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Red indicates still thinking about it Authors: Nicole Furutani Textbook: Merrill Physics Principles and problems Energy: The Ministry of Education’s suggested time allocation for the unit is 14 to 16 hours. Momentum: The Ministry of Education’s suggested time allocation for the unit is 9 to 11 hours. The Ministry of Education suggests the following PLOs and achievement indicators should be incorporated throughout the course: A1 describe the nature of physics ● distinguish physics from related disciplines ● describe the major areas of study in physics (e.g., optics, kinematics, fluids, nuclear, quantum) ● give examples of the continuing development and refining of physics concepts A2 apply the skills and methods of physics ● with teacher support, conduct appropriate experiments ● systematically gather and organize data from experiments ● produce and interpret graphs (e.g., slope and intercept) ● verify relationships (e.g., linear, inverse, square, and inverse square) between variables ● use models (e.g., physics formulae, diagrams, graphs) to solve a variety of problems ● use appropriate units and metric prefixes Objectives of unit: Students will be able to... Energy: 1. Distinguish between the three main forms of energy 2. Perform calculations in regards to the law of conservation of energy 3. Understand key terms a. efficiency b. total energy c. gravitational potential energy
d. e. f. g. h. i. j. k. l.
kinetic energy power specific heat capacity temperature thermal energy work (input/output) height above a reference point work as a change in energy law of conservation of energy
Momentum: 4. Understand momentum and the role it plays in various collisions and explosions in isolated, one-dimensional systems. 5. Understand key terms a. collisions b. explosions c. impulse (change in momentum) d. momentum 6. Perform calculations in regards to the law of conservation of momentum Skills and Attitudes students will develop during and upon completion of this unit: 1. distinguish physics from related disciplines 2. give examples of the continuing development and refining of physics concepts 3. with teacher support, conduct appropriate experiments 4. systematically gather and organize data from experiments 5. produce and interpret graphs (e.g., slope and intercept) 6. verify relationships (e.g., linear, inverse, square, and inverse square) between variables 7. apply models (e.g., physics formulae, diagrams, graphs) to solve a variety of problems 8. use appropriate units and metric prefixes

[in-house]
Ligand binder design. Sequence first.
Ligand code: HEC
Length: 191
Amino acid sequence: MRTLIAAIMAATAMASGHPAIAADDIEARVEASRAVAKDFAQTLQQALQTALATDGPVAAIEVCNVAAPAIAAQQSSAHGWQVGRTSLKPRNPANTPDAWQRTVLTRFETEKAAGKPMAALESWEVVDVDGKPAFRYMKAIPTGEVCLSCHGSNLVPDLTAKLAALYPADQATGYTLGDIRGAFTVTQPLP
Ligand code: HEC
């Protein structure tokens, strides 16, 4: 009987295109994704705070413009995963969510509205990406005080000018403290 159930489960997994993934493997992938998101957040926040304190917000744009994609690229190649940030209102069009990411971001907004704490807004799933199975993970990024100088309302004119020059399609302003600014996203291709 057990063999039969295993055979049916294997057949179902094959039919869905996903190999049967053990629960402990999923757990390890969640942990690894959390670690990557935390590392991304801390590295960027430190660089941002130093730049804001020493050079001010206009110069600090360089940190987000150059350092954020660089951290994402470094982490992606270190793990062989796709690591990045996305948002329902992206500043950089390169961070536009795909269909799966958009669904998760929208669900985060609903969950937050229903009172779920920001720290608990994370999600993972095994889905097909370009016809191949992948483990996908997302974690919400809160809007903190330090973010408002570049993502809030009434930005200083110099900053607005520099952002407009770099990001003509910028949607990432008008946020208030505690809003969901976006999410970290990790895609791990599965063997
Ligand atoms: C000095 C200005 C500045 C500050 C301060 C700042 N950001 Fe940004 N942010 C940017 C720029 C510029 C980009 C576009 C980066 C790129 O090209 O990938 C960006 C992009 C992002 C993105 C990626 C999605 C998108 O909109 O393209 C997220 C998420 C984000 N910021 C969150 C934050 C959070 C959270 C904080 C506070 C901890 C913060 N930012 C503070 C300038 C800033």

Jan 28-April 11 block 1-2 in Mini 2 First period 8:40-9:5 = 70 mins Jan 28-April 11 block 1-1 in Mini 2 Second period 10:25-11:35 = 70 mins Jan 28-April 11 block 1-4 in Mini 2 Third period 12:20-1:40 = 80 mins April 12-April 19th block 1-4 in Mini 2 First period 8:40-9:5 = 70 mins Jan 28-April 11 block 1-2 in Mini 2 third period 12:20-1:40 = 80 mins Jan 28-April 11 block 1-1 in Mini 2 fourth period 1:45-3:03 = 78 mins
Month February* March** April* Total classes *Feb 12 Extended lunch *March 6th Collaborative day 1-2 10:00-10:45 = 45 mins 1-1 10:50-11:35 = 45 mins 1-4 regular **Spring break 18th-29th *April 16th Collaborative day 1-4 10:00-10:45 = 45 mins 1-2 regular 1-4 regular 7 classes 5 classes
Number of classes
MAX 7 classes - after two week break 19 max classes
Lesson Number and Title
Objectiv e / PLO
Purpose/ Skills (see legend above)
Resourc es Teaching tools
Assessm ent S= Summati ve F=
Formativ e 1. Forms of Energy: Kinetic, and Gravitati onal Potential Energy G2 Solve problem s involving different forms of energy Define kinetic energy KE=1/2m v2 Solve a variety of problem s involving – kinetic energy – mass – velocity Define energy Define 3, 4, 7, 8 Be able to define kinetic and potential energy Demonst rate an ability to solve problem s involving gravitati onal potential energy Activity: Smash book and show how much potential energy there is from different heights. FS - Five showyourwork homewo rk question s. Note misconc eptions: “Energy is a force.” Energy and force are used intercha ngeably in everyday language . “Energy gets used up or runs out.” “Energy is destroye d in transfor mations from one type to another. ”
gravitati onal potential energy PE = mgh Solve a variety of problem s involving – gravitati onal potential energy – mass – accelerat ion due to gravity – height above a referenc e point Discuss about referenc e level (show